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      our holidays > Walking Holidays > Spain & its Islands > Andalucía > Costa de la Luz

Costa de la Luz

Spain's Southernmost Reaches
Starting point

Casa del Califa in Vejer de la Frontera, where you stay for three nights.

Days 1 & 2

There’s no denying the Moorish influences of Vejer de la Frontera, whose flat-roofed, whitewashed houses cluster on a ridge that rises abruptly from the plain. We provide a short walking trail to introduce you to the town, taking in its main points of interest and some of its many pretty courtyards.

In addition, we suggest a couple of walks nearby:

Circular walk from Vejer: 10km, 3hrs

Step out of the whitewashed streets of Vejer, passing windmills to take an undulating, shaded path through woodland. Along the way you are accompanied by excellent views over the Barbate river plain.

Linear walk to Barbate: 8.5km, 2.5hrs or 10.5km, 3.5hrs

You’ll need to drive to the coast for the start of this walk, perhaps taking in the dune-backed headland of Cape Trafalgar (site of the famous naval battle), before setting off on sandy tracks through a forest of pines to reach the 16th-century watchtower of Torre del Tajo. From here you gently descend beneath biscuit-coloured cliffs, to the evocatively named beach of Hierbabuena (mint). You won’t see any pirate ships these days, but you may spot dolphins, particularly at the start and end of the season, or shoals of tuna in April and May. Your target is Barbate, where you can relax on its attractive seafront promenade, or visit the town’s tuna interpretation centre to find out how these huge fish are still caught using the ancient netting technique known as the almadraba which dates from 1,000BC. Return to your car by taxi.

Day 3

Today you drive towards the atmospheric coastal town of Tarifa, stopping just short of it at La Peña, where your base for four nights is the Hotel Hurricane. The direct inland route is a mere 45km, but you may prefer the coastal road, perhaps stopping to take a stroll along the virgin beach that stretches for miles beyond the whitewashed fishing village of Zahara de los Atunes.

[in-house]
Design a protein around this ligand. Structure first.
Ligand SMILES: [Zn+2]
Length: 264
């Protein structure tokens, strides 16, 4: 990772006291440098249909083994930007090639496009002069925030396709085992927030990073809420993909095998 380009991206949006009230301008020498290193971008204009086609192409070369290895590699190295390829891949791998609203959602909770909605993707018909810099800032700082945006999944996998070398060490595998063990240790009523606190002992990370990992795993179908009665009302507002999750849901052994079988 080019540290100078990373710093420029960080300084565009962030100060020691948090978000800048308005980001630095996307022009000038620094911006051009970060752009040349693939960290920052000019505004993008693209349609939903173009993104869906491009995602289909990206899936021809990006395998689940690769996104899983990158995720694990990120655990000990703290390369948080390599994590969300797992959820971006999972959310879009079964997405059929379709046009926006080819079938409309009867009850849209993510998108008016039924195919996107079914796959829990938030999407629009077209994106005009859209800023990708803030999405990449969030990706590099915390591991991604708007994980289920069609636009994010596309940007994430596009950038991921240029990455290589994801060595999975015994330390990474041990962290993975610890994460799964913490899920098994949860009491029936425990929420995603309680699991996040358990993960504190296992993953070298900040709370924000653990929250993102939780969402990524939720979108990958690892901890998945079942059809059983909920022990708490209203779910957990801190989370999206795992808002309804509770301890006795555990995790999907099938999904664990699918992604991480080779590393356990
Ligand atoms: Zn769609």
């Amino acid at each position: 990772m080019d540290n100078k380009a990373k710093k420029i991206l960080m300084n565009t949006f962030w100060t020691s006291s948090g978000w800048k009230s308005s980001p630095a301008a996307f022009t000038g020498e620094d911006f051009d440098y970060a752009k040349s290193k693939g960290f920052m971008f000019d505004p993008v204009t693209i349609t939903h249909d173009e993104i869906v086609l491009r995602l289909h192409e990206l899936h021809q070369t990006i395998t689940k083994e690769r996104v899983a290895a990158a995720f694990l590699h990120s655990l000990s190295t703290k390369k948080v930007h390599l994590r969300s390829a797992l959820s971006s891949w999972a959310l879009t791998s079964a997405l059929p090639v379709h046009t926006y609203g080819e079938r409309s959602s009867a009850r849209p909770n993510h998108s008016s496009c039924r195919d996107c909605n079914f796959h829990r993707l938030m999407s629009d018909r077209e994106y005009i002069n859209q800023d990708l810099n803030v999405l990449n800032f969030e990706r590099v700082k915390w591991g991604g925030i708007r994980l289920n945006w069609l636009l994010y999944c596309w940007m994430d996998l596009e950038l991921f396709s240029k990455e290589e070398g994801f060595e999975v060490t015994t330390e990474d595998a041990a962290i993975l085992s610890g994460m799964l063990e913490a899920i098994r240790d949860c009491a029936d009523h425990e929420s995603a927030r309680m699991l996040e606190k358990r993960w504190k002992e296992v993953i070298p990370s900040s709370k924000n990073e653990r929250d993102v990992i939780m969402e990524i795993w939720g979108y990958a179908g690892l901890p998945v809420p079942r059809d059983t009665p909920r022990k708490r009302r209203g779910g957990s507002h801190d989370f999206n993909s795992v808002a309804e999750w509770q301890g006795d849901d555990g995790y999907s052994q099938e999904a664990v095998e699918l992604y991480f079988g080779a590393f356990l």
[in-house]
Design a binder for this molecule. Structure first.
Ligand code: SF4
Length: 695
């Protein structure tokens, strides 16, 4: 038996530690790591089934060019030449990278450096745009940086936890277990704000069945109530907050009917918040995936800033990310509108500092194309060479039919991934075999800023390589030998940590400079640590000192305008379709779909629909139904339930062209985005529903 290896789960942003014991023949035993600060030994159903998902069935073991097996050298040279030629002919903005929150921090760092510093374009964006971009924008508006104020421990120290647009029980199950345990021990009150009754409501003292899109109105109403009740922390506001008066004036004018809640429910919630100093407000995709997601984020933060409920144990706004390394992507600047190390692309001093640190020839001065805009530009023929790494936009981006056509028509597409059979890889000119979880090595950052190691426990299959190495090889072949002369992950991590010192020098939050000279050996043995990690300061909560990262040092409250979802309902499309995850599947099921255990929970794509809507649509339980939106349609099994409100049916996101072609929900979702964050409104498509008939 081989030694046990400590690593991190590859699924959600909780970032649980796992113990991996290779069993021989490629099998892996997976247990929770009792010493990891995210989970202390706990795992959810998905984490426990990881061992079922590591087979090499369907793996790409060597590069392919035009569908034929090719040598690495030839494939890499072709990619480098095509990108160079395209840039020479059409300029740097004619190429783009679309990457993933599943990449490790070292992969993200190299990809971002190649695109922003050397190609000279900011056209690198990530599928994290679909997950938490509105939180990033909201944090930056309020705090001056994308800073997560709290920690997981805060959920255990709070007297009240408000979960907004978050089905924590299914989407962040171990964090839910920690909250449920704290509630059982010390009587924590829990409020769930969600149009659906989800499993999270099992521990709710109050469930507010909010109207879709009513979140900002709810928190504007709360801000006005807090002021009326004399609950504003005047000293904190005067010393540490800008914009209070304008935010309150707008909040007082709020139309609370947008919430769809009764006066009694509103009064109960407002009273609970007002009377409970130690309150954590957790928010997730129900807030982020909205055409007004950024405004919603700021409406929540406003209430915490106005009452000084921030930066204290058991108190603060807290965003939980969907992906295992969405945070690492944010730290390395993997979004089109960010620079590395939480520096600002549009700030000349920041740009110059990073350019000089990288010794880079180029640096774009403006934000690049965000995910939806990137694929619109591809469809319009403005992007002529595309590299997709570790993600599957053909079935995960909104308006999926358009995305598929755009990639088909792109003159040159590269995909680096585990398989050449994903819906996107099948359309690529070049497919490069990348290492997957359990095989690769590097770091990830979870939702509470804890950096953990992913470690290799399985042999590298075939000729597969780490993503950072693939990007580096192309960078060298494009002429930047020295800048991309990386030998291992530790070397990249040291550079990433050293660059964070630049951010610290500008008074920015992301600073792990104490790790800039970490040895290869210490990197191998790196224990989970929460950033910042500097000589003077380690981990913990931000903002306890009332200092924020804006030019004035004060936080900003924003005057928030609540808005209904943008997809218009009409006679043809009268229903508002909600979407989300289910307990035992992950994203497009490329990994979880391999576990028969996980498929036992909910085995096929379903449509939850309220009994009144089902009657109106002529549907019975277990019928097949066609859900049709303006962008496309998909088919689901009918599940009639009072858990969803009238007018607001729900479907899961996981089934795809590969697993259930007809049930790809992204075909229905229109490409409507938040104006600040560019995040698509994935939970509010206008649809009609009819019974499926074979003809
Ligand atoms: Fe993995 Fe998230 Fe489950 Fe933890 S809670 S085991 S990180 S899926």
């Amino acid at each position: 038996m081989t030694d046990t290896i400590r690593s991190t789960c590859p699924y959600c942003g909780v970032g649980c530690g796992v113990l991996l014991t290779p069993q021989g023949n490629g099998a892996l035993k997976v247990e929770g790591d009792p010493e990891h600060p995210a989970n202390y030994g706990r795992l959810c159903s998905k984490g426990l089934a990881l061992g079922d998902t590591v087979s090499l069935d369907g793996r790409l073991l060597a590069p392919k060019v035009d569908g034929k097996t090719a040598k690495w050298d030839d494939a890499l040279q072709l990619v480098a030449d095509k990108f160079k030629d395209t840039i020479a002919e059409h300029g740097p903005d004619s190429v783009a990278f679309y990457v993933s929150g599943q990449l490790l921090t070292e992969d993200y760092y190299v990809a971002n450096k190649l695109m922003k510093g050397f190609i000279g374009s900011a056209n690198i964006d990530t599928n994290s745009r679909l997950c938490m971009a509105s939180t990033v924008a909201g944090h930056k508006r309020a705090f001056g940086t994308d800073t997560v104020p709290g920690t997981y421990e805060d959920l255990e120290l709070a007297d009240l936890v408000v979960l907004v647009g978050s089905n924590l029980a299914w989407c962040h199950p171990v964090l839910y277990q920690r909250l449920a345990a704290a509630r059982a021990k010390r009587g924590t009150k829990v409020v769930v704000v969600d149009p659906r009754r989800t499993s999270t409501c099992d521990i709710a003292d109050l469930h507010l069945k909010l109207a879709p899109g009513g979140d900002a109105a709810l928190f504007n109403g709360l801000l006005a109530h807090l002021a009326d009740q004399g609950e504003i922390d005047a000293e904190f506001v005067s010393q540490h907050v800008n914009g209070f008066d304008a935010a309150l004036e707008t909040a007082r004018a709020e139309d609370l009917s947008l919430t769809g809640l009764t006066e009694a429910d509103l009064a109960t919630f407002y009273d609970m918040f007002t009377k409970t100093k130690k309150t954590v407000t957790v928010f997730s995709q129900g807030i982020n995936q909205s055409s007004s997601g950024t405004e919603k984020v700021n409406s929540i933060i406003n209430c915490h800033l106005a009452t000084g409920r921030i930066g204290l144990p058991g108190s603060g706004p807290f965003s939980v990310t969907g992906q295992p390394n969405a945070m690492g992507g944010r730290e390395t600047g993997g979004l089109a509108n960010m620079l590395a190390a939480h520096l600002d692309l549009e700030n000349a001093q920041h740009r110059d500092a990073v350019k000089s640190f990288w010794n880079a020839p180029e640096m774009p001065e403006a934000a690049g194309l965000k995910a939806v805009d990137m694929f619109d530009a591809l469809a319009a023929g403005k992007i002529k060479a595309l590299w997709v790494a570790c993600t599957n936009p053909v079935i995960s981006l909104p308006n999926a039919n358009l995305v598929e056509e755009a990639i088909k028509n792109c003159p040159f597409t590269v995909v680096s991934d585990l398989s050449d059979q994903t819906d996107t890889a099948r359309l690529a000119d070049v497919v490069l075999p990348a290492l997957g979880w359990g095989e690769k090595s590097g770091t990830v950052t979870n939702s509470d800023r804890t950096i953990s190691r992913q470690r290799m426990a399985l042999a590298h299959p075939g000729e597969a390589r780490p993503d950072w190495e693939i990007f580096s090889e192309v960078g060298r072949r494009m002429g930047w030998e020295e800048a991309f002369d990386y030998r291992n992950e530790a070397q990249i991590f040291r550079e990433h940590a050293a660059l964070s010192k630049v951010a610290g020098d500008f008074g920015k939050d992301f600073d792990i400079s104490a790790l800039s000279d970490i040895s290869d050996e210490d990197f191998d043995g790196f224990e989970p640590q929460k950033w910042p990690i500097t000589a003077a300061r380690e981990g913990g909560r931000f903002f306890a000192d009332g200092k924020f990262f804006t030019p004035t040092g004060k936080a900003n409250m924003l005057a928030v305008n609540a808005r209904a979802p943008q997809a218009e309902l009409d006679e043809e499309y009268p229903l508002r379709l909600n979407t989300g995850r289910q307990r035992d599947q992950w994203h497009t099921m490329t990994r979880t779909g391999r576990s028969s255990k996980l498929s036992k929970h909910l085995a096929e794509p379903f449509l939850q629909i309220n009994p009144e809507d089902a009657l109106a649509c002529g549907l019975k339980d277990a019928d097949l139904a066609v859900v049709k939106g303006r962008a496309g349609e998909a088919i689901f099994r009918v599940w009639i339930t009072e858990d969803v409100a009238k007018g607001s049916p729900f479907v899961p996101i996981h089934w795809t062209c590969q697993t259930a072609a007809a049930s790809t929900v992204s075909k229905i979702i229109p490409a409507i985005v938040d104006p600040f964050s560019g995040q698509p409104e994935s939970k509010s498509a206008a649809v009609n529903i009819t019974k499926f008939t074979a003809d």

Days 4-6

There are various walking options from which to choose while staying in La Peña:

Linear walk from Bolonia to La Peña: 13km, 4hrs

This varied and enjoyable walk starts with a taxi transfer to the extraordinary Roman ruins of Baelo Claudia. Set above the golden sands of Bolonia, this is one of the best preserved Roman settlements in Spain; a town that was once famed for the production of a fermented fish paste that was exported throughout the empire. After an amble around the informative visitor centre, take a delightful path through coastal pine woods, beyond which lies a secluded beach and the massive sand dune of Valdevaqueros. Crossing the dune, you descend to more golden sands and one of the best kite-surfing beaches in the area. From here it is a short walk back to your hotel.

Linear walk to La Peña: 10km, 3.5hrs

After a taxi northwards you have the chance to walk the final 10km of the trans-European long-distance footpath that links Athens to Tarifa. It’s a pleasant walk through pastoral scenery with far-reaching views towards the sea.

Linear walk from La Peña to Tarifa: 8km, 2.5hrs

Steps in the hotel grounds lead down to the inviting sands of Playa de los Lances, which you can follow all the way to Tarifa. Pause at the end of the sands to ponder the fact that you are standing as close as you can get to Spain’s – and mainland Europe’s – southernmost point before retracing your steps back to the hotel or taking a taxi.

There-and-back walk from Tarifa: 11km, 3.5hrs (5.5km each way)

This beautiful coastal walk leads eastwards from Tarifa along a grassy shoreline interrupted by intimate coves. You can walk as far as you like, but our suggested turn around point is a delightful, flower strewn headland from where you can see the watchtower of Guadalmesí and below you the graceful arc of a pebbled bay.


• Laid-back, cosmopolitan Tarifa is well worth exploring, either combined with a walk or as a separate outing. While its coastal setting is very different from that of Vejer, this is another fortified town with strong Moorish roots and a rich history (it was here that the Moors first landed, that Guzman the Good later gave up his own son to end a siege of the castle, and an Anglo-Spanish force withheld a siege by the French during the Napoleonic Wars).

• Having looked across to Morocco from Tarifa’s castle and ramparts, you may want to take to the sea. Not only do boat trips depart daily between March and October (weather permitting) in search of pilot whales and common and striped dolphins, but, given the proximity to Africa, frequent catamarans ply the strait to Tangier (the crossing takes just 35 minutes), offering a rare chance to visit two continents on one holiday.

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 Grade 1 Walk
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